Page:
Interview with Martin Turnbull, Author of “The Garden of Allah” series

Author Interviews

In the age of Marvel superhero movies, computer-generated dragons, and implausible car chase sequences, it is fantastic to know that a candid interest survives about the early days of film-making…
The Golden Age of Hollywood is truly named. The greatest films from that era have survived, and thrived, in our modern age.
I recently spoke with author Martin Turnbull, creator of the fantastic The Garden of Allah novels, about his thoughts on Hollywood, past and present.
Martin Turnbull, author of the Hollywood's Garden of Allah novels
“Searchlights and Shadows”
The Garden of Allah novels are rich in the history and lore of old Hollywood. What made you interested in this particular niche of history to begin with?
I had written three novels before, each of them better than the previous effort, but none of them good enough or unique enough to publish. So I was looking around for a new idea when I came across an article online about the Garden of Allah Hotel, its history and list of residents. I’ve been watching old movies and reading biographies and autobiographies and memoirs of Hollywood stars, moguls, important players and regular folks since I was a teenager but I’d never come across this hotel before. As I read through the names of people who stayed there – Bogie and Bacall, Harpo Marx, Errol Flynn, David Niven, Ginger Rogers, Rachmaninoff, F. Scott Fitzgerald, Robert Benchley and Dorothy Parker and half the Algonquin Round Table to mention but a few – I marveled at how I’d never heard of this place.
Outside Bullock's department store at 7th St. looking north towards Hill St., downtown Los Angeles, 1937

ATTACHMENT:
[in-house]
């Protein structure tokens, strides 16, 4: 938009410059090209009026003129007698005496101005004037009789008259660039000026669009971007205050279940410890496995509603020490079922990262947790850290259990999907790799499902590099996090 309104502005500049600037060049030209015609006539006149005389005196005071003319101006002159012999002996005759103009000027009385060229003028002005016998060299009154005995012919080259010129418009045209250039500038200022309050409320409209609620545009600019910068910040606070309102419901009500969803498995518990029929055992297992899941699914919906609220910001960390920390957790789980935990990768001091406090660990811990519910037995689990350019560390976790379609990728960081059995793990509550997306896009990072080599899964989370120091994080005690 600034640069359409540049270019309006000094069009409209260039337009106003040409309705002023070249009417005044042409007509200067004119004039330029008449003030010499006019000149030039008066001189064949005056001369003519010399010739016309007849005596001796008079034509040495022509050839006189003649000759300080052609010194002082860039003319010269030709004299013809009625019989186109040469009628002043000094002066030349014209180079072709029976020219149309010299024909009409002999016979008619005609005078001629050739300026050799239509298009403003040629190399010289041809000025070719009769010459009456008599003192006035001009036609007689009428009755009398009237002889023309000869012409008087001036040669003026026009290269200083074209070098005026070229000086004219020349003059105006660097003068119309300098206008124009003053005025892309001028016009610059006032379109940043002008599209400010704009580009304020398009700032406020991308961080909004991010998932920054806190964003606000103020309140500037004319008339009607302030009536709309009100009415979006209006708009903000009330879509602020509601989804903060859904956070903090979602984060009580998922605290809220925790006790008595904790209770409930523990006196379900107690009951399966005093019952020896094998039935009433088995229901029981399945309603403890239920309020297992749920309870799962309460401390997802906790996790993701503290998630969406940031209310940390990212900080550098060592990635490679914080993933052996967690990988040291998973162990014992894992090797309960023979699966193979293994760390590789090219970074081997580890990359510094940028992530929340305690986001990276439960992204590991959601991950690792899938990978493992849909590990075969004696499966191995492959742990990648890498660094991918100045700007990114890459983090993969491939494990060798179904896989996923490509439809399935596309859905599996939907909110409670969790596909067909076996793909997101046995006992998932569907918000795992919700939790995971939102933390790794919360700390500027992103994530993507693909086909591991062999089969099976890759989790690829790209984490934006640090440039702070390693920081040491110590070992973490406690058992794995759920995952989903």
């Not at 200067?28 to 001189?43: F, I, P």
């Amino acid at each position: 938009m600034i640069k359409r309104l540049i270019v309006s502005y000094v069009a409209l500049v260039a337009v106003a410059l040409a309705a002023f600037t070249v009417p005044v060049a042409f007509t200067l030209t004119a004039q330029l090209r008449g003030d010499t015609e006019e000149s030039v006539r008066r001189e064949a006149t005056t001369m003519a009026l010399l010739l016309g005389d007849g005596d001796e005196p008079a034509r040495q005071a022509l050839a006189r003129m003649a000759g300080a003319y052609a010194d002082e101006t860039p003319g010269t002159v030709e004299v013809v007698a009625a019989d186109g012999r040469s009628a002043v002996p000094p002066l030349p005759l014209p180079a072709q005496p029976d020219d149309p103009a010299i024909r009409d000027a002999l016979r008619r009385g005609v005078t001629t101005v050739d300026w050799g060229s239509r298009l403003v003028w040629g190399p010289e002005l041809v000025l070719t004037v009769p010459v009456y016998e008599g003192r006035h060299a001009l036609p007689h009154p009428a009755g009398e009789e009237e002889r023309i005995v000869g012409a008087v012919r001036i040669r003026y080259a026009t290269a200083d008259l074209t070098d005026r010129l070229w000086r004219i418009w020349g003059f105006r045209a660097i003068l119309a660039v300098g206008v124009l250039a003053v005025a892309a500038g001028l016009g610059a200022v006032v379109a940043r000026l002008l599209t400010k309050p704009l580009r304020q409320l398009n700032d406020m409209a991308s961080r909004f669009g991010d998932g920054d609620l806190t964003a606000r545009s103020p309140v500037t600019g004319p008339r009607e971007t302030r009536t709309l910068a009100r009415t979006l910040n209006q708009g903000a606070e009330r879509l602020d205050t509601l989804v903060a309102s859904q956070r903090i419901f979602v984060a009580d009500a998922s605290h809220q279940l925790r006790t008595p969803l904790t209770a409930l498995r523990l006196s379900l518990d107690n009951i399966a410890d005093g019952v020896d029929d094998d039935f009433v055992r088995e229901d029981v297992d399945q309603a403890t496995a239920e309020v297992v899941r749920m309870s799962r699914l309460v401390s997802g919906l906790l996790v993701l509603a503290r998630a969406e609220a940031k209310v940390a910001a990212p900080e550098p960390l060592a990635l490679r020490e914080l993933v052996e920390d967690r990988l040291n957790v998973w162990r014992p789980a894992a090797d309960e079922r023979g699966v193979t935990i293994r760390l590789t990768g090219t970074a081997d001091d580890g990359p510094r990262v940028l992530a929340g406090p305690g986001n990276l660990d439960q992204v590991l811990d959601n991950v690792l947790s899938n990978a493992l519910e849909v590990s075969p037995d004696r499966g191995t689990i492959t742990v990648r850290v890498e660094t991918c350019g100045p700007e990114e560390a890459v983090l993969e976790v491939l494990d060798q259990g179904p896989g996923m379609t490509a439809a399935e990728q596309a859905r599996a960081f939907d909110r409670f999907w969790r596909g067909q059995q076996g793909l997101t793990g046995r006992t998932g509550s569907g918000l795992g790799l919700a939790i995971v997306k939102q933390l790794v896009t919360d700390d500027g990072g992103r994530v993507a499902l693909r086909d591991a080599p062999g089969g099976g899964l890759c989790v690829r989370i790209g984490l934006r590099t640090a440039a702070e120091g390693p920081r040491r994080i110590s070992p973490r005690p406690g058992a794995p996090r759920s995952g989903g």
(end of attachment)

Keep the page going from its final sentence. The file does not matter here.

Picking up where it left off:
I went looking for more information and found only one book – a non-fiction memoir of sorts by gossip columnist, Sheilah Graham. By about page 10 I knew I what I wanted to do. The Garden of Allah opened in 1927 a couple of months before “The Jazz Singer” ushered in the talkies, and closed in 1959, the year that “Ben Hur” made pretty much the last hurrah of the golden era of Hollywood. So, I realized, the Garden of Allah was open from 1927 to 1959, the exact same years of the golden era. I saw that I could tell the story of the history of Hollywood – from the invention of sound, then Technicolor, to the propaganda years of WWII, to the post war anti-communist Red Scare, and into the fifties with the decline of radio and the rise of television. And I could tell it through the eyes of the people who lived at the Garden of Allah because not only did they witness the unfolding evolution of Hollywood, but they actively participated in it. These were the people who acted in the movies, who wrote them, directed them, scored them, and costumed them. The idea to write a nine-book series came to me in one great WHOOSH! and I couldn’t wait to start.
Brown Derby, Beverly Hills, 1950s
How has writing the Garden of Allah novels changed your view of this golden age that we perceive as the greatest era of film production?
The thing that comes to mind is how small the movie industry was, and how small Los Angeles was. These days, we think of L.A. is being this huge megalopolis sprawling for hundreds of miles in every direction, home to millions of people, crowding the freeways and parking lots and airports and supermarkets. It’s been that way for a number of decades now so it’s easy to assume that it’s always been that case. However, in the years of Hollywood’s studio system heyday, it really wasn’t like that. L.A. was a much smaller, much less densely populated place. You had a bustling downtown, but outside of that, not so much. Wilshire Boulevard and Beverly Hills were almost semi-rural. Consequently, everybody who worked in the movie industry was far more likely to know each other than they might today. In those days, L.A. was barely big enough to be called a city; it was really just a town — and the movie industry was a village. People regularly moved from studio to studio so they got to know everyone.
Sidney Skolsky Chats With His Daughter, Steffi At Schwab's Pharmacy